100 g. (0.7 mole) of 1-naphthol and 6.5 g. of toluene sulfonic acid monohydrate were dissolved in 455 ml. of xylene and heated to 100° C. in a three-neck round-bottom flask fitted with a mechanical stirrer, thermometer, and dry ice condenser. Gaseous hexafluoroacetone was introduced at such a rate that the temperature of the reaction was maintained between 100°-120°to C. After approximately 20 to 30 minutes the reaction temperature began to fall and rapid reflux of excess hexafluoroacetone was noted. The addition was stopped and the mixture heated at 100° C. for 2 hours. The excess gas was allowed to escape with subsequent cooling of the mixture from which the naphthol product crystallized. This was filtered and about 100 ml. of solvent was evaporated and a second crop collected. Total yield was 107.5 g. (50% by weight) melting range 119°-120° C.
The above method of preparing phenolic derivatives of perhaloacetones is reported by Basil S. Farah et al., J. Org. Chem., vol. 30, p. 1003 (1965). The preparation of aromatic amino derivatives of perhaloacetones is reported by Everett E. Gilbert et al. ibid., p. 1001.
Preparation of the compounds of formula (3):
6.2 g. (0.02 mole) of 2-(bis-trifluoromethyl carbinol)-1-naphthol was suspended in 30 ml. of 1,1,2,2-tetrachloroethane. The suspension was cooled and 16.0 g. (0.12 mole) of anhydrous AlCl3 was added in several portions. To this dark green suspension was added 10 ml. of nitrobenzene. The resulting dark brown suspension was stirred at room temperature for 15 minutes and then added dropwise to a solution of 5.0 g. (0.02 mole) of 3,3-dichloronaphthalide in 20 ml. of 1,1,2,2-tetrachloroethane cooled in an ice bath. The mixture first turned purple and then dark blue. After the addition was complete, stirring was continued for 13hours at room temperature. Water was carefully added and then the mixture was steam distilled. The remaining solid was filtered, air dried, and then triturated with 200 ml. of hot benzene to give 5.1 g. of cream colored solid, m.p. 207°-210° C. which could be further purified by recrystallization from acetonitrile.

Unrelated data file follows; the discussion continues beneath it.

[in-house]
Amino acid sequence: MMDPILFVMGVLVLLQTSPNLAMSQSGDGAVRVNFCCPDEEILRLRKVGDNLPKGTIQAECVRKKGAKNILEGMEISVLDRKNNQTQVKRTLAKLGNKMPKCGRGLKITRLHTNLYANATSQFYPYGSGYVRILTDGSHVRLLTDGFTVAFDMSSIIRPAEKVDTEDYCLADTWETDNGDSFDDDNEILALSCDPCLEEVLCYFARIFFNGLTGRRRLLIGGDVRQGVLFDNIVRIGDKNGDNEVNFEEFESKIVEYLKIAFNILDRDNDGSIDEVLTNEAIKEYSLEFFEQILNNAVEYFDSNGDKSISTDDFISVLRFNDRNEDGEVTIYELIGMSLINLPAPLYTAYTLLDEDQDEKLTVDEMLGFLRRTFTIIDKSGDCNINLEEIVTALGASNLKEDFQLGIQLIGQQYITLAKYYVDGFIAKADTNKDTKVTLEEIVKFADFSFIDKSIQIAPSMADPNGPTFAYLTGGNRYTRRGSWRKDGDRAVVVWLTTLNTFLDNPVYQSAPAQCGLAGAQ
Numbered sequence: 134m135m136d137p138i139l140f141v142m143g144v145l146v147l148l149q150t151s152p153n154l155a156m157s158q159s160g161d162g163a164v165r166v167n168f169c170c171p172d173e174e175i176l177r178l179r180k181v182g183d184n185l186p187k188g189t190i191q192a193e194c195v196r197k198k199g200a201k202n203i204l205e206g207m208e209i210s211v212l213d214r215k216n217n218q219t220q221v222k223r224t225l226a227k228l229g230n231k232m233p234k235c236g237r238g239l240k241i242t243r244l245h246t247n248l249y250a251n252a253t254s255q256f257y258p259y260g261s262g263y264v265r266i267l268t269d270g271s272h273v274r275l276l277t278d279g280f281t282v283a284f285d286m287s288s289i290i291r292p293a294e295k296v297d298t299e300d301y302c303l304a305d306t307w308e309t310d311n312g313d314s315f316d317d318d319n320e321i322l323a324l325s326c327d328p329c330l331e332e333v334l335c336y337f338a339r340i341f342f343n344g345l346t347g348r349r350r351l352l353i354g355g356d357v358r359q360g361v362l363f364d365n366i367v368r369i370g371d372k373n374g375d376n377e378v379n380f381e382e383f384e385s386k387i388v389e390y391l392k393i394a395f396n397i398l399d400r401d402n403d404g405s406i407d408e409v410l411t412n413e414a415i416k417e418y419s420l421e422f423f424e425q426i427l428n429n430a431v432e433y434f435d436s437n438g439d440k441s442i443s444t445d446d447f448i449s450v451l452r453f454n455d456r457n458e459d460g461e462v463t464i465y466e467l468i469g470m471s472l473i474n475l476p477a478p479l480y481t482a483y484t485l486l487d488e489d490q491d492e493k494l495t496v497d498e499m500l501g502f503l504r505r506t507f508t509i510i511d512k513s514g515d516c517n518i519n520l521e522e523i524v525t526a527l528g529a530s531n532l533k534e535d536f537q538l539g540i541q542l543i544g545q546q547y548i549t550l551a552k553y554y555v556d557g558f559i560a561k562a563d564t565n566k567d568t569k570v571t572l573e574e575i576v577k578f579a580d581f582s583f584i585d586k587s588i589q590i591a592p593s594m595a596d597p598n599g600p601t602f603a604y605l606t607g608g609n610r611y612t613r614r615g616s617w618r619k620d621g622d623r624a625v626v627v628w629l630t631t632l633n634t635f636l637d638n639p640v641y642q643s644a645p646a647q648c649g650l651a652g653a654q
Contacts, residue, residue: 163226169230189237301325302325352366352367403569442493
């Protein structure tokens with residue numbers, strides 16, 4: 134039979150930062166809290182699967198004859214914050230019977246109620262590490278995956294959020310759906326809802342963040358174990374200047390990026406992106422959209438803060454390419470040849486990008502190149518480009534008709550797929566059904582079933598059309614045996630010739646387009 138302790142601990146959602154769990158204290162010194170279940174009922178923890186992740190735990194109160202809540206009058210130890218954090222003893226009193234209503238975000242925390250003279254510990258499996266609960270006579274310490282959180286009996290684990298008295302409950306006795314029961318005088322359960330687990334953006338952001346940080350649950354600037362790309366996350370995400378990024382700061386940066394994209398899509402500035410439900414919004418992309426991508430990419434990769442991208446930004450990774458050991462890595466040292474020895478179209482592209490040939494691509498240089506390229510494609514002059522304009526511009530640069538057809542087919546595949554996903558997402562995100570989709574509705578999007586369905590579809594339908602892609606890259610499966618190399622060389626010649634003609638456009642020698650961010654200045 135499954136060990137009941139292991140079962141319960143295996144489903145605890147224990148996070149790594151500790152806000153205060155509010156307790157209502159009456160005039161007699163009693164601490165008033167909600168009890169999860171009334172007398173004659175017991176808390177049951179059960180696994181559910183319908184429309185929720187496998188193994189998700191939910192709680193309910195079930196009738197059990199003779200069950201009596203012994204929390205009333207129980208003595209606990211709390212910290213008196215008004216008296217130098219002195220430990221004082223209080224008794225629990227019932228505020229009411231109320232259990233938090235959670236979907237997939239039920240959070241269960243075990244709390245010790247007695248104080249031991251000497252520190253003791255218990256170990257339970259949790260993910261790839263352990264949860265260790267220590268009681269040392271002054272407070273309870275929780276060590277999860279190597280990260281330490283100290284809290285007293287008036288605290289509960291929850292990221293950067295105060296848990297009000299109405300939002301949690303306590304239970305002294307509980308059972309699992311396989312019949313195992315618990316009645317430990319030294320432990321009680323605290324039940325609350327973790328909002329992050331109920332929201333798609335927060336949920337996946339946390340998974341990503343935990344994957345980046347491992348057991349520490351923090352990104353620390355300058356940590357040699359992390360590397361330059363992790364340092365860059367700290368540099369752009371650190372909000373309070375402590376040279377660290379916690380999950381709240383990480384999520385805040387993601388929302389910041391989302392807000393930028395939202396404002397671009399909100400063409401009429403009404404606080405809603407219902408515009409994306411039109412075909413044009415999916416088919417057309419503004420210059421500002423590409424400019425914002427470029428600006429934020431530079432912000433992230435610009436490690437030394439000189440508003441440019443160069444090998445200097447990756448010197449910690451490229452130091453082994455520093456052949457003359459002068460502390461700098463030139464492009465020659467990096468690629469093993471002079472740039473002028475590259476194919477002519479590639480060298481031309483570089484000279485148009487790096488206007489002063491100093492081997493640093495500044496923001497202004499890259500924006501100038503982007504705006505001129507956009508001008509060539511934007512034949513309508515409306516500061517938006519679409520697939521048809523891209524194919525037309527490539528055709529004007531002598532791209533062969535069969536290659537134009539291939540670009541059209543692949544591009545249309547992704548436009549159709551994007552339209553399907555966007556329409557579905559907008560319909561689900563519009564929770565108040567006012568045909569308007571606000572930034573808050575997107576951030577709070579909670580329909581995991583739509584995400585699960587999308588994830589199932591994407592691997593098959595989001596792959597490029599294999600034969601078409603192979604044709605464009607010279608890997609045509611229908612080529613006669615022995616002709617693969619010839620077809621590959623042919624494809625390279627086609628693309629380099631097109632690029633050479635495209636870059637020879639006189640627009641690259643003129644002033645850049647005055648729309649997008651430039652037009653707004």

A solution of 0.5 g. of 3-hydroxy-3-(3'-bis-trifluoromethyl carbinol-4'-hydroxy-1'-naphthyl)naphthalide and 0.31 g. of 2-(bis-trifluoromethyl carbinol)-1-naphthol in 15 mls. of phosphorous oxychloride was refluxed for 18 hours. The solution was then taken to dryness in vacuo and the residue treated with a solution of 20% aqueous sodium hydroxide on a steam bath for one-half hour. The deep green solution was cooled and acidified to give the indicator as a gummy solid. TLC indicated purity was approximately 30-40%.
Preparation of the compound of formula (22):
The procedure of Example II was repeated except that 8-carboxy-1-naphthol was substituted for 2-(bis-trifluoromethyl carbinol)-1-naphthol.
As illustrated in the following examples, the indicator dyes of formulae (10) and (12) were prepared by reacting 3-hydroxy-3(3'-bis-trifluoromethyl carbinol-4'-hydroxy-1'-naphthyl)naphthalide and the appropriate indole in the presence of an acid catalyst. The compound of formula (18) was prepared by reacting the oxidation product of 3-naphthalidyl-7-carboxyindole with the bis-trifluoromethyl carbinol substituted indole.
Preparation of the compound of formula (10):
A solution of 3-carboxyindole (0.16 g., 0.001 mole) and 3-hydroxy-3-(3'-bis-trifluoromethyl carbinol-4'-hydroxy-1'-naphthyl)naphthalide (0.5 g., 0.001 mole) in 5 mls. of phosphorous oxychloride was stirred overnight at room temperature, precipitated onto ice and stirred to hydrolyze the solvent. The crude solid product was collected and found by TLC to be predominantly the title compound.
Preparation of the compound of formula (12):
The procedure of Example IV was repeated except that 7-n-hexadecyl sulfonamidoindole was substituted for 7-carboxyindole to give the title compound.
Preparation of the compound of formula (18):